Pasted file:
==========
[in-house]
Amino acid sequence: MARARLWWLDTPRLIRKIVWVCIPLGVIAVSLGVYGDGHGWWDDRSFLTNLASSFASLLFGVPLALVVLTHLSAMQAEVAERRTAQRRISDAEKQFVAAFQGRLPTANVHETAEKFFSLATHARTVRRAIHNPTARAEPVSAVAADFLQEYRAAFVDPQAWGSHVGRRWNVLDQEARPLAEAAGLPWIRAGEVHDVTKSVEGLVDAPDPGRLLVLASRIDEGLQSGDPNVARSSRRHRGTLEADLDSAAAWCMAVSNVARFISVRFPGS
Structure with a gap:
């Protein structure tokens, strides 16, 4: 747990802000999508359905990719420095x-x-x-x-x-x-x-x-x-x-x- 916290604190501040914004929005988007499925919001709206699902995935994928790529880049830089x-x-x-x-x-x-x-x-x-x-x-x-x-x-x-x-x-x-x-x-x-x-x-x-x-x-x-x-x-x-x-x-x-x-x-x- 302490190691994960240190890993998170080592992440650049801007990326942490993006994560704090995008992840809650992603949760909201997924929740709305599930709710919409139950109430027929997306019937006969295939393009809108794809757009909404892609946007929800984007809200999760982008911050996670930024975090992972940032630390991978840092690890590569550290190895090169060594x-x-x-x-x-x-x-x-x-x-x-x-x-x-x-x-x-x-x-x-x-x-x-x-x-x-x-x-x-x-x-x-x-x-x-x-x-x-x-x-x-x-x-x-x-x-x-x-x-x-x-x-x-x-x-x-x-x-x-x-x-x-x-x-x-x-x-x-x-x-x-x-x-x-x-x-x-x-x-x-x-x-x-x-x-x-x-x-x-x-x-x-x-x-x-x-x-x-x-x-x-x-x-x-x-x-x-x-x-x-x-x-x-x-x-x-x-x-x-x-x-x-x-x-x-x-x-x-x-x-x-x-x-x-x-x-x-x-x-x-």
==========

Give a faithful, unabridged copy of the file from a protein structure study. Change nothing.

[in-house]
Amino acid sequence: MARARLWWLDTPRLIRKIVWVCIPLGVIAVSLGVYGDGHGWWDDRSFLTNLASSFASLLFGVPLALVVLTHLSAMQAEVAERRTAQRRISDAEKQFVAAFQGRLPTANVHETAEKFFSLATHARTVRRAIHNPTARAEPVSAVAADFLQEYRAAFVDPQAWGSHVGRRWNVLDQEARPLAEAAGLPWIRAGEVHDVTKSVEGLVDAPDPGRLLVLASRIDEGLQSGDPNVARSSRRHRGTLEADLDSAAAWCMAVSNVARFISVRFPGS
Structure with a gap:
């Protein structure tokens, strides 16, 4: 747990802000999508359905990719420095x-x-x-x-x-x-x-x-x-x-x- 916290604190501040914004929005988007499925919001709206699902995935994928790529880049830089x-x-x-x-x-x-x-x-x-x-x-x-x-x-x-x-x-x-x-x-x-x-x-x-x-x-x-x-x-x-x-x-x-x-x-x- 302490190691994960240190890993998170080592992440650049801007990326942490993006994560704090995008992840809650992603949760909201997924929740709305599930709710919409139950109430027929997306019937006969295939393009809108794809757009909404892609946007929800984007809200999760982008911050996670930024975090992972940032630390991978840092690890590569550290190895090169060594x-x-x-x-x-x-x-x-x-x-x-x-x-x-x-x-x-x-x-x-x-x-x-x-x-x-x-x-x-x-x-x-x-x-x-x-x-x-x-x-x-x-x-x-x-x-x-x-x-x-x-x-x-x-x-x-x-x-x-x-x-x-x-x-x-x-x-x-x-x-x-x-x-x-x-x-x-x-x-x-x-x-x-x-x-x-x-x-x-x-x-x-x-x-x-x-x-x-x-x-x-x-x-x-x-x-x-x-x-x-x-x-x-x-x-x-x-x-x-x-x-x-x-x-x-x-x-x-x-x-x-x-x-x-x-x-x-x-x-x-």